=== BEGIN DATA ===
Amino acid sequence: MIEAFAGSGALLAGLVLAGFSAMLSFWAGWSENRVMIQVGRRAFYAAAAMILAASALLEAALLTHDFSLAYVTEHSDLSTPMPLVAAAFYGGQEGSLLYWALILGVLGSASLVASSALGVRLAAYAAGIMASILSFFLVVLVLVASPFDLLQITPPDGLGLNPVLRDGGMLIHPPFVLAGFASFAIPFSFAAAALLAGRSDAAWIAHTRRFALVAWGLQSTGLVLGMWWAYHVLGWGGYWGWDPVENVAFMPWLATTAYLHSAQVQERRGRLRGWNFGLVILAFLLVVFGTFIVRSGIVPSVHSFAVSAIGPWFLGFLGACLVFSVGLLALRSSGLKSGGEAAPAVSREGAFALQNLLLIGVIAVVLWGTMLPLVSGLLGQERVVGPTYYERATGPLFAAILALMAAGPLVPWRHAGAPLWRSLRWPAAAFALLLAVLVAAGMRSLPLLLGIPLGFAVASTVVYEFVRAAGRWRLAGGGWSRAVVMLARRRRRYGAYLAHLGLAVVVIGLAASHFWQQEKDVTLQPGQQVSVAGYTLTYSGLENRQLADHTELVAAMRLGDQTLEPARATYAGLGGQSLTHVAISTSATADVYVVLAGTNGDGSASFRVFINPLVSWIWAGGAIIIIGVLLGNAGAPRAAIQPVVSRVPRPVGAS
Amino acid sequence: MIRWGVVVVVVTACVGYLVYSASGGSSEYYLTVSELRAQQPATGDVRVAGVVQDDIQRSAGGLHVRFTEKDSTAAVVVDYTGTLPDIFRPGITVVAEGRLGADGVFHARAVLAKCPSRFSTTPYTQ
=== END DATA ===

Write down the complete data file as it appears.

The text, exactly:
Amino acid sequence: MIEAFAGSGALLAGLVLAGFSAMLSFWAGWSENRVMIQVGRRAFYAAAAMILAASALLEAALLTHDFSLAYVTEHSDLSTPMPLVAAAFYGGQEGSLLYWALILGVLGSASLVASSALGVRLAAYAAGIMASILSFFLVVLVLVASPFDLLQITPPDGLGLNPVLRDGGMLIHPPFVLAGFASFAIPFSFAAAALLAGRSDAAWIAHTRRFALVAWGLQSTGLVLGMWWAYHVLGWGGYWGWDPVENVAFMPWLATTAYLHSAQVQERRGRLRGWNFGLVILAFLLVVFGTFIVRSGIVPSVHSFAVSAIGPWFLGFLGACLVFSVGLLALRSSGLKSGGEAAPAVSREGAFALQNLLLIGVIAVVLWGTMLPLVSGLLGQERVVGPTYYERATGPLFAAILALMAAGPLVPWRHAGAPLWRSLRWPAAAFALLLAVLVAAGMRSLPLLLGIPLGFAVASTVVYEFVRAAGRWRLAGGGWSRAVVMLARRRRRYGAYLAHLGLAVVVIGLAASHFWQQEKDVTLQPGQQVSVAGYTLTYSGLENRQLADHTELVAAMRLGDQTLEPARATYAGLGGQSLTHVAISTSATADVYVVLAGTNGDGSASFRVFINPLVSWIWAGGAIIIIGVLLGNAGAPRAAIQPVVSRVPRPVGAS
Amino acid sequence: MIRWGVVVVVVTACVGYLVYSASGGSSEYYLTVSELRAQQPATGDVRVAGVVQDDIQRSAGGLHVRFTEKDSTAAVVVDYTGTLPDIFRPGITVVAEGRLGADGVFHARAVLAKCPSRFSTTPYTQ